Coastal Restoration Trust of New Zealand

Coastal Dune Ecosystem Reference Database

Smothering of estuarine sandflats by terrigenous clay: the role of wind-wave disturbance and bioturbation in site-dependent macrofaunal recovery Journal Paper

Norkko, A., Thrush, S.F., Hewitt, J.E., Cummings, V.J., Norkko, J., Ellis, J.I., Funnell, G.A., Schultz, D., MacDonald, I.
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Publisher / Organisation
Sedimentation · Terrestrial impacts · Estuarine disturbance · Macrofaunal recovery, Bioturbation · Wind waves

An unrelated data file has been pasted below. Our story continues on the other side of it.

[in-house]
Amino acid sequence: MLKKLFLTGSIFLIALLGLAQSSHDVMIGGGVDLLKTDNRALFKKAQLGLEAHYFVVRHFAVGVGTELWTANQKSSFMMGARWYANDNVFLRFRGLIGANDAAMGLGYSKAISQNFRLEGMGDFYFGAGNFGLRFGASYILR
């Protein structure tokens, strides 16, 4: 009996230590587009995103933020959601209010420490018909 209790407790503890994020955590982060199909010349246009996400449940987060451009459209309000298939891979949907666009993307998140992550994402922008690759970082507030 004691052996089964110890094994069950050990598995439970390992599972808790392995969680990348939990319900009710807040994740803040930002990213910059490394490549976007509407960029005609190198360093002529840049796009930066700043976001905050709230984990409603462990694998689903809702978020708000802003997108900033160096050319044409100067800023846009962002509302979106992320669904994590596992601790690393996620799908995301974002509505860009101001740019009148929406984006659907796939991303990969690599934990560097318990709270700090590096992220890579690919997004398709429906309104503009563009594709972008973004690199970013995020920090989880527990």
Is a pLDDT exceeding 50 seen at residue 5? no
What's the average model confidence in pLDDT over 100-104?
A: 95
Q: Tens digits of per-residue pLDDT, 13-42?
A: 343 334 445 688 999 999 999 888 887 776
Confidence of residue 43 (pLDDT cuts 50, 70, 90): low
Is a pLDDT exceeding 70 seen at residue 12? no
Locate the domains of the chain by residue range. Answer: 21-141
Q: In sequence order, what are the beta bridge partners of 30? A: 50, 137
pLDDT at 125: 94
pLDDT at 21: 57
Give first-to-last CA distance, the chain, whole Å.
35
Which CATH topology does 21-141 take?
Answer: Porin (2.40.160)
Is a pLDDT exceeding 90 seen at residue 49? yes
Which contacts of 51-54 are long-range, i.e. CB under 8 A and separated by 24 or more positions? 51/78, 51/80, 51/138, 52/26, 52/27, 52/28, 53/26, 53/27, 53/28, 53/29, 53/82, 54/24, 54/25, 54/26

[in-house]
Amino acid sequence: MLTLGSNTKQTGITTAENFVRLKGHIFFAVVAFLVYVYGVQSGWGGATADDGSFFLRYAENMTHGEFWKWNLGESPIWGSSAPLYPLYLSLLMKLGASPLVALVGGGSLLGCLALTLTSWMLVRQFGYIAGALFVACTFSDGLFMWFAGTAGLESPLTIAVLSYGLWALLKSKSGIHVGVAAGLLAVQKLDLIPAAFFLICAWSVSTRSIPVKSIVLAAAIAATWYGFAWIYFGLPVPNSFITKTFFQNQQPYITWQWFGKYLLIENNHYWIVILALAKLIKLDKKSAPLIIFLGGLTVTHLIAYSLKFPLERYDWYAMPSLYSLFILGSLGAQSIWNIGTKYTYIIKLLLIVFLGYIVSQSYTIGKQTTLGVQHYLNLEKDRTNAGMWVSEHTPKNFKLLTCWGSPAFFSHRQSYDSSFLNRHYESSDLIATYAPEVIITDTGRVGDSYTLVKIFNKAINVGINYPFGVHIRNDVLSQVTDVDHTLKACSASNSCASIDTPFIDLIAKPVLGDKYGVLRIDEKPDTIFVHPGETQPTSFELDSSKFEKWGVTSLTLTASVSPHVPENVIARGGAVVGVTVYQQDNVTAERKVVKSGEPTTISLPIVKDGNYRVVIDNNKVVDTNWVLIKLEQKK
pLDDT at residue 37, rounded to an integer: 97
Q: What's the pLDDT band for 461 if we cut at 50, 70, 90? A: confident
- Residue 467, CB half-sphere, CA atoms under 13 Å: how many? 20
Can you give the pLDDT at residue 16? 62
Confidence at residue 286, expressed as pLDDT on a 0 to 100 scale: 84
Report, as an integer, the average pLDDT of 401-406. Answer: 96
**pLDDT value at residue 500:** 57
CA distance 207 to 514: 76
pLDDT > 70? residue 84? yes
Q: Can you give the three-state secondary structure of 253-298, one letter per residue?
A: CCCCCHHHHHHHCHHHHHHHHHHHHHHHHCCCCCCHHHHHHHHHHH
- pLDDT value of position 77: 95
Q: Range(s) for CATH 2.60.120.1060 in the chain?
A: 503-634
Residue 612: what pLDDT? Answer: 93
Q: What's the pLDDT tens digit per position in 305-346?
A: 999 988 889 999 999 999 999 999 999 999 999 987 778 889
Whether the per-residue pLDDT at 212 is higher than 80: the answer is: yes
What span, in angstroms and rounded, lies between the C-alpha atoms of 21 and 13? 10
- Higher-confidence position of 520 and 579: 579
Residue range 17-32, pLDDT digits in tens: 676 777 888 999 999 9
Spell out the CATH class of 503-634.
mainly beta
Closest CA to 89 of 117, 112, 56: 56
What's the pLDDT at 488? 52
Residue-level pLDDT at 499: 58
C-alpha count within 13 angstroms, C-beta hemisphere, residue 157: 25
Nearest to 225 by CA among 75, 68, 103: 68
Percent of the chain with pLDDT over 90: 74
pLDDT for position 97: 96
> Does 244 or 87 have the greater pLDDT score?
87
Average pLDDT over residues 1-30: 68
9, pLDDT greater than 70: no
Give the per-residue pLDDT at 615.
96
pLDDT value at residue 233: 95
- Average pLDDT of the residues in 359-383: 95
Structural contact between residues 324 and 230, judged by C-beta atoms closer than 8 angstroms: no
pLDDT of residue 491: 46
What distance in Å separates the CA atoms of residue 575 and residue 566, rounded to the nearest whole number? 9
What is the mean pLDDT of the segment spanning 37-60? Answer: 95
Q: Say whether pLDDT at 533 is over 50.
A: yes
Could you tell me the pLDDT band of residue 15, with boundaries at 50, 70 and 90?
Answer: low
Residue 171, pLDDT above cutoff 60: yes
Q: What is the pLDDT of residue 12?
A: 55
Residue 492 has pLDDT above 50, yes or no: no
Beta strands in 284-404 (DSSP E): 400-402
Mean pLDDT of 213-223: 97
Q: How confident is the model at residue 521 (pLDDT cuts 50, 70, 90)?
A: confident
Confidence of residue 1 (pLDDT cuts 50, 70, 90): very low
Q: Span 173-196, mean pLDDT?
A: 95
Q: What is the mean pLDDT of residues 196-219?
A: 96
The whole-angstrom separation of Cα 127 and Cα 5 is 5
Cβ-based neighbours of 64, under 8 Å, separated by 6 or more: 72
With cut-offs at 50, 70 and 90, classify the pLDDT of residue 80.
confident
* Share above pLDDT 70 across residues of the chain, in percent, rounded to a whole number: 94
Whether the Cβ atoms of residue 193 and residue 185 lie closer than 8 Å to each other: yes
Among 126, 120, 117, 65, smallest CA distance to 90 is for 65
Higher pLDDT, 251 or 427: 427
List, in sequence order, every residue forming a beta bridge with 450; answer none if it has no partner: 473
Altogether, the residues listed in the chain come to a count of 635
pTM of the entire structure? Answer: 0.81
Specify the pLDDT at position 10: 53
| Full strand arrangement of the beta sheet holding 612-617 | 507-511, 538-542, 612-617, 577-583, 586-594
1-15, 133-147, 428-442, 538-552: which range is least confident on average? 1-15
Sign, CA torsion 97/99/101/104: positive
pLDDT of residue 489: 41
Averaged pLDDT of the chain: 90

Sediment run-off from land has been recognised as a threat to the biodiversity of shallow estuarine and coastal areas. Extreme rainfall events can cause flooding and landslides, which may result in rapid deposition of fine terrigenous sediments and have serious impacts on benthic communities. We designed a field experiment to study the response of intertidal benthos to such depositions of terrigenous clay. The experiment was conducted at 2 contrasting intertidal sites: a sheltered muddy sand habitat and an exposed sand habitat influenced by wind waves. Terrigenous clay (50% water content) was deposited in replicated experimental plots (2 m diameter) at each site in layers 0, 3, 6 or 9 cm thick. The initial response of the resident macrofauna and subsequent recolonisation was monitored over a period of 408 d. Physical and chemical properties of the experimental plots and wave climate at each site were also measured. The experiment demonstrated highly deleterious effects of catastrophic terrigenous clay deposition on estuarine macrobenthic communities. At both sites following clay deposition, the numbers of individuals were reduced by more than 50% after 3 d and by more than 90% after 10 d, irrespective of clay thickness. Mud crabs Helice crassa were the only animals able to emerge through the clay layer. They also exhibited elevated densities in clay treatments over the course of the experiment. After 28 d, a storm occurred (maximum wave height 0.4 m, period = 6 s) which dispersed the clay deposits at the exposed sandy site. Recolonisation of the surficial sediments was rapid at the exposed site following this wind-wave disturbance. However, deeper-dwelling animals such as large bivalves had not recovered to levels observed in the control plots by the end of the experiment. At the more sheltered muddy sand site, the clay deposition resulted in long-lasting habitat change; Although the clay was gradually broken up and re-colonised by small crabs and surface dwelling macrofauna, recovery was still incomplete 408 d after deposition. The results emphasise the role of wind-wave disturbance and transport of sediments and macrofauna with bedload, and the importance of bioturbation by crabs as facilitators of macrobenthic recovery after disturbance.